@ Nab – “I guess it requires a certain amount of intelligence to understand.” This is not really raising the level of debate – if you want to call someone stupid, or call a review stupid, do so. Don’t hide!

Maybe the problem starts on the cover, “A Glimpse into the Extraordinary Life of a Third Culture Kid” – the content is interesting, but it is far from extra-ordinary.

I think the only negative in the review is that maybe being a TCK isn’t really as special as some of the text makes out – there is a lot of rubbish talked between TCKs (especially those trying to prove a point to fit in to one of their cultures) so they are not ‘special’ in any way, they just have different points of reference.

For the record, I read the book and concluded it was more ‘memoir’ (which is great) than profound analysis of the TCK condition. Fun, but I got the feeling the author could have done so much more (and maybe will in the future) with her experience and making it more relevant to a wider audience. The religious elements of the writing could be an issue for some readers and – at least for me – didn’t really add much to the mix. I would second the opinion of the review that this the book is ‘interesting’ but will only appeal to a small segment of TCKs.

Nab Jooce says:

It is my express position that you utterly misunderstood every aspect of this books initial inception. Your defense handling of a topic that was in no way meant to be a personal attack (as far as I can gather from having read the book) says more about you than the insults you apparently lifted from the pages of an honest, open, story of a person torn between continents, spending her time seeing some of the worlds greatest sights onto to return home to hear people more interested in (as the above so correctly notes) Brad Pitt’s jeans or some other fluffy and totally banal pocket of today’s throw-away society.

This book is not meant to be taken as an attack on normal people, just a chance for them to understand TCK’s a bit better too if they care to read it.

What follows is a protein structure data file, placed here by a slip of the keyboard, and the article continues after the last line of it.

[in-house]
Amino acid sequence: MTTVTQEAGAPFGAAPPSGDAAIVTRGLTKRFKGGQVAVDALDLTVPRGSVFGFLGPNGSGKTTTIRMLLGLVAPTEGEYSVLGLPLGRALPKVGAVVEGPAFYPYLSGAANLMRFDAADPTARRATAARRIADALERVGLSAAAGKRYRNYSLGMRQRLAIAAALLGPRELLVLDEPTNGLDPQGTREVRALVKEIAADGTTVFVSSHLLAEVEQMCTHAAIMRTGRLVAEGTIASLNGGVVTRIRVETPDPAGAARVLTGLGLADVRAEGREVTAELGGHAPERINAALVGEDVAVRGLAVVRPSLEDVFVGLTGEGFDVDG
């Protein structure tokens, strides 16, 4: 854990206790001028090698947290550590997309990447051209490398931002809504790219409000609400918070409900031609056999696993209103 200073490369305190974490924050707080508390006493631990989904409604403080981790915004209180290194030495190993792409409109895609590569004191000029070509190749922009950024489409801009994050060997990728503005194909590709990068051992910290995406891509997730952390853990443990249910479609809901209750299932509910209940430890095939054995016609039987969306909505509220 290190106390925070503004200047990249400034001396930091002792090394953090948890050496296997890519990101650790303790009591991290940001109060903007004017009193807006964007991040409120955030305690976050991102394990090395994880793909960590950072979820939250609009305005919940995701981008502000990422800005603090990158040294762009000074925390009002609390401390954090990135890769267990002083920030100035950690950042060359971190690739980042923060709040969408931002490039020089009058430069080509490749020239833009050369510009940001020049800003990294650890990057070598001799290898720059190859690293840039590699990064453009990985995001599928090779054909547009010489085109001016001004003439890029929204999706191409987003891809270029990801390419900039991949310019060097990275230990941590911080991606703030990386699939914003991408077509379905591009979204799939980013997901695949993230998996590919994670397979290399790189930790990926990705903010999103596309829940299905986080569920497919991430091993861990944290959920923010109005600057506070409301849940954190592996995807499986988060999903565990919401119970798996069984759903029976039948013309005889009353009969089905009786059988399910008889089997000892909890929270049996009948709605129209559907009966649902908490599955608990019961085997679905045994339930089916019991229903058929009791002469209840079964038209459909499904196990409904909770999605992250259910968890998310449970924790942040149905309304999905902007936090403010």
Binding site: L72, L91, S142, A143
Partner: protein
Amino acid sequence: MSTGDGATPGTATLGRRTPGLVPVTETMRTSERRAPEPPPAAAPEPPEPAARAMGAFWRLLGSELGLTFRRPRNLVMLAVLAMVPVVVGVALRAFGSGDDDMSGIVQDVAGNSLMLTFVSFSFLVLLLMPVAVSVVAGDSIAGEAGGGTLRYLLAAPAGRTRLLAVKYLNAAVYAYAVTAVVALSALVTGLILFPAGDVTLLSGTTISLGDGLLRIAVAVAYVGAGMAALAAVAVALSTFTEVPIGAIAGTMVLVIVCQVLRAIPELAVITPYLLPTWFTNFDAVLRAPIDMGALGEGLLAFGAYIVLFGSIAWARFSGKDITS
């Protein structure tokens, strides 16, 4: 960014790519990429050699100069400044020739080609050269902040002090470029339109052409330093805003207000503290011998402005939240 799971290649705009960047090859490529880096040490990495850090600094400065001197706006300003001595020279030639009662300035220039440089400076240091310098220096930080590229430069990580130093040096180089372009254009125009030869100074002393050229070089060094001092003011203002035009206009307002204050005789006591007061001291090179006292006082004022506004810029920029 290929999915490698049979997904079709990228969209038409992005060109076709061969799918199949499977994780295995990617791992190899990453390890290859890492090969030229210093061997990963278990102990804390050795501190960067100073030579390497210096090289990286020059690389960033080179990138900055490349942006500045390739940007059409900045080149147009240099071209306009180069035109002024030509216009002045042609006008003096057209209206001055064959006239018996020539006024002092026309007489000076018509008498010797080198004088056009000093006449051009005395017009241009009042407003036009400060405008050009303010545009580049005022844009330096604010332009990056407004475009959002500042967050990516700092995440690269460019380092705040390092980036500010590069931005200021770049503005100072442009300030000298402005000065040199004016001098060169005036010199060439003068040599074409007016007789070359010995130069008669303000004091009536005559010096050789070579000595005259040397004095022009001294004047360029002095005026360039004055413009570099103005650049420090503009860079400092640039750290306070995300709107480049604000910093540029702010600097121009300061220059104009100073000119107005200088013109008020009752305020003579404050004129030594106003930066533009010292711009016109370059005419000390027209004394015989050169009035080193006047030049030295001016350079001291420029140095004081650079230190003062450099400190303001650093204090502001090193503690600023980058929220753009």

Obviously not being a TCK helped you miss the point, Other non-TCK’s have taken to this book, I guess it requires a certain amount of intelligence to understand.

Lorena Smith says:

I agree with Bob above- the point is not about attacking anyone personally but when you move as often as most TCK’s do it is hard to connect to popular culture and/or the daily celebrities in the country du jour and so the obsessive discussion of said celebrities in most societies strikes us as quite shallow having no reference point to it whatsoever. This does not mean that we view the people as shallow – thats an over simplified statement. As a TCK myself I can attest that most of the feelings that Heidi describes are most relevant. And the point is not that we view ourselves as better than anyone – of course most of us have TCK friends, spouses and co-workers! It is that we have a different perspective on the world due to our upbringing and seek to understand it just as someone who say, grew up all their lives in New York City, seeks to understand their lives based on their experiences.

Bob Dobson says:

I read this book. Sounds like this reviewer missed the point a bit. I don’t think Sand-hart is attacking you personally or anyone else for that matter when she describes “shallow” talk. The desire for conversation greater than what Brad Pitt is wearing or which celebrity is dating j-lo is nothing to be scorned at.